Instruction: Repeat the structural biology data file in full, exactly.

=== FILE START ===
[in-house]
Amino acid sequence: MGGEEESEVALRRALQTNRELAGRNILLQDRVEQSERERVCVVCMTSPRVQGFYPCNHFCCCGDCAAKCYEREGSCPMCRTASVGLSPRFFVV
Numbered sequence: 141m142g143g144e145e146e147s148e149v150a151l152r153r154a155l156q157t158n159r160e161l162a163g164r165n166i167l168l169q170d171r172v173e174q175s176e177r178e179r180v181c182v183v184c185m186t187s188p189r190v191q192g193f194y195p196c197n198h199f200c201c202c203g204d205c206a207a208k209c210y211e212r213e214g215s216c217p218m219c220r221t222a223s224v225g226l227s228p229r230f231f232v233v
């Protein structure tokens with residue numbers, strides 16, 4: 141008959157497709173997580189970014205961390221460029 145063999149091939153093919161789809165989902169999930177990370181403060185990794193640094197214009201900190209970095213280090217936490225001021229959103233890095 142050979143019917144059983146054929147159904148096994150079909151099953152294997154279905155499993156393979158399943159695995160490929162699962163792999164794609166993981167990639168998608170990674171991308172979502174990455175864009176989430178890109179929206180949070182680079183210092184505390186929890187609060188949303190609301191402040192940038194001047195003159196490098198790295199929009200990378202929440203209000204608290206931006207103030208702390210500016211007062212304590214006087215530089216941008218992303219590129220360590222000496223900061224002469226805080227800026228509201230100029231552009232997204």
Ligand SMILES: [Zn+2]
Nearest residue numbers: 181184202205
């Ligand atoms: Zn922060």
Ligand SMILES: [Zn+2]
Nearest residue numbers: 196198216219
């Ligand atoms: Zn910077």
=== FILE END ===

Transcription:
[in-house]
Amino acid sequence: MGGEEESEVALRRALQTNRELAGRNILLQDRVEQSERERVCVVCMTSPRVQGFYPCNHFCCCGDCAAKCYEREGSCPMCRTASVGLSPRFFVV
Numbered sequence: 141m142g143g144e145e146e147s148e149v150a151l152r153r154a155l156q157t158n159r160e161l162a163g164r165n166i167l168l169q170d171r172v173e174q175s176e177r178e179r180v181c182v183v184c185m186t187s188p189r190v191q192g193f194y195p196c197n198h199f200c201c202c203g204d205c206a207a208k209c210y211e212r213e214g215s216c217p218m219c220r221t222a223s224v225g226l227s228p229r230f231f232v233v
């Protein structure tokens with residue numbers, strides 16, 4: 141008959157497709173997580189970014205961390221460029 145063999149091939153093919161789809165989902169999930177990370181403060185990794193640094197214009201900190209970095213280090217936490225001021229959103233890095 142050979143019917144059983146054929147159904148096994150079909151099953152294997154279905155499993156393979158399943159695995160490929162699962163792999164794609166993981167990639168998608170990674171991308172979502174990455175864009176989430178890109179929206180949070182680079183210092184505390186929890187609060188949303190609301191402040192940038194001047195003159196490098198790295199929009200990378202929440203209000204608290206931006207103030208702390210500016211007062212304590214006087215530089216941008218992303219590129220360590222000496223900061224002469226805080227800026228509201230100029231552009232997204």
Ligand SMILES: [Zn+2]
Nearest residue numbers: 181184202205
């Ligand atoms: Zn922060």
Ligand SMILES: [Zn+2]
Nearest residue numbers: 196198216219
């Ligand atoms: Zn910077």